Two ways of looking at it

There are two ways of looking at the tax proposals coming from Obama and from McCain. They are also very interesting ways of visualizing the information.

One of them -- the Democratic way -- is to look at how it would impact the population of the United States. Obama will reduce taxes to a greater extent on 75% of taxpayers. It's only on the top 1% (those making more than $600,000 per year) that Obama actually increases taxes, by about 10%.

The other way -- the Republican way -- is to look at how the tax plans would impact the people already paying taxes. The dirty secret that Democrats don't mention is that the bottom 50% don't pay much in taxes anyway. And the richest 0.1% already carry 20% of the total tax burden. So, Republican plans give the most relief to the rich.
I'm pretty centrist on this. I understand and sympathize with both sides of the argument.

However, even after Obama 's 10% increase of taxes on people making more than $600,000/year, tax rates will only rise to the level that they were in the 1990s. And that was a period of economic boom, budget surplus, low inflation and low interest rates. So, the burden on the rich is not that onerous. Plus: the economic benefits of low inflation and balanced budgets to a rich person far outweigh these additional taxes. Secondly, McCain's plan will reduce overall revenues -- you simply can't give tax cuts without providing offsetting funding and unless Social Security or Medicare are cut, there is no place in the federal budget to get the huge spending cuts needed to fund his tax cuts. Thirdly, with the economy in the doldrums, stimulation has to go to the people who'll spend it (and not to people who will invest it outside the United States)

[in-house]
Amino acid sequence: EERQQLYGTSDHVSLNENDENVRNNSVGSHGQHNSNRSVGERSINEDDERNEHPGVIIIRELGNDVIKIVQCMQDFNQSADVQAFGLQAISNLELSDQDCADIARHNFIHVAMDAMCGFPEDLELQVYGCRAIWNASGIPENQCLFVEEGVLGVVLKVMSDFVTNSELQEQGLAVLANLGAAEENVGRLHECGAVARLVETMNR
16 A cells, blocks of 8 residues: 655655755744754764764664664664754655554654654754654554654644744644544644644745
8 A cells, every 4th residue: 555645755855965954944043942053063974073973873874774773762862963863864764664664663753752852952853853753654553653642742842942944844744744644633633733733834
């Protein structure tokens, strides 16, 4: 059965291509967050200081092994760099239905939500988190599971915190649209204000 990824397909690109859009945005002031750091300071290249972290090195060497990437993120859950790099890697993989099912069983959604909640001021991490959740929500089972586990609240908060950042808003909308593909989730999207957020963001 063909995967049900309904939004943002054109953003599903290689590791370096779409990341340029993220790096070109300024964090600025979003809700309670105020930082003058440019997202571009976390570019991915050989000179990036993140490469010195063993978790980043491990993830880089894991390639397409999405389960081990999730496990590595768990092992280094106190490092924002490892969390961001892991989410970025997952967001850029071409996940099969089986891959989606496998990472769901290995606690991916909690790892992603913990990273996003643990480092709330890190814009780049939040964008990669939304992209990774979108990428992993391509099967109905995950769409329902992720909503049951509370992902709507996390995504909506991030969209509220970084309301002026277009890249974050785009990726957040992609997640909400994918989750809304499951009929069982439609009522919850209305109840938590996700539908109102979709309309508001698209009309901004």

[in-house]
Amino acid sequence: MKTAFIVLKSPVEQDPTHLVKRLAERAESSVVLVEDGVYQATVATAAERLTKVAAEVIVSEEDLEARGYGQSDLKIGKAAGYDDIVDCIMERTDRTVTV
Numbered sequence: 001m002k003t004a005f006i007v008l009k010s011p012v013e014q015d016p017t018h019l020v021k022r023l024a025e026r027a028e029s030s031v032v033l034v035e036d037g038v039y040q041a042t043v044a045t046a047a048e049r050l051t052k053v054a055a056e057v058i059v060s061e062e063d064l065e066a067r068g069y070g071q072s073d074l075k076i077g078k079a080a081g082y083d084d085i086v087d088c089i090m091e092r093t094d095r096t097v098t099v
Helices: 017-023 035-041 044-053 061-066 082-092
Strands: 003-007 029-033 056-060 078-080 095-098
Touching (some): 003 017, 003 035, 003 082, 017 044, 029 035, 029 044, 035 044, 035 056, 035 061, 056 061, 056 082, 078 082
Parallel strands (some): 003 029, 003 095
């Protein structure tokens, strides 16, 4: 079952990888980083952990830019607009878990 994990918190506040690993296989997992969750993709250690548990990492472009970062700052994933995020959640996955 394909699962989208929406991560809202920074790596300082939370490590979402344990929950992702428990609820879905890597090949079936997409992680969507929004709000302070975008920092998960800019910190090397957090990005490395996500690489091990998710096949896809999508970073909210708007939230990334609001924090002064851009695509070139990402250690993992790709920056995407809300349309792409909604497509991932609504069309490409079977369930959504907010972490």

Advantage: Obama.

1 comment:

  1. It seems like there are various thresholds of comfortable living.

    My youngest sister makes so little she simply cannot absorb unexpected bills. Even a few hundred throws her off completely. I wonder sometimes if she'll ever catch up. No, she doesn't quite work to live within her means, but she is below some kind of threshold under which is it extremely difficult to live within your means and impossible to absorb life's surprises. She's decided to return to school and I hope she sticks it out so she can get a better paying job.

    I, on the other hand, chose a house size/payment well below the supposed ideal 33% of household income, buy cars that are reliable and last a long time (and keep them a long time), etc. - live well under our means. But even still, we're well above that threshold that my sister is below. I could afford to pay more taxes even though I'm well under what either candidate's cutoff is.

    And I actually wouldn't mind paying more taxes because I value the good and important things government does.

    - Some crazy non-native Okie you know.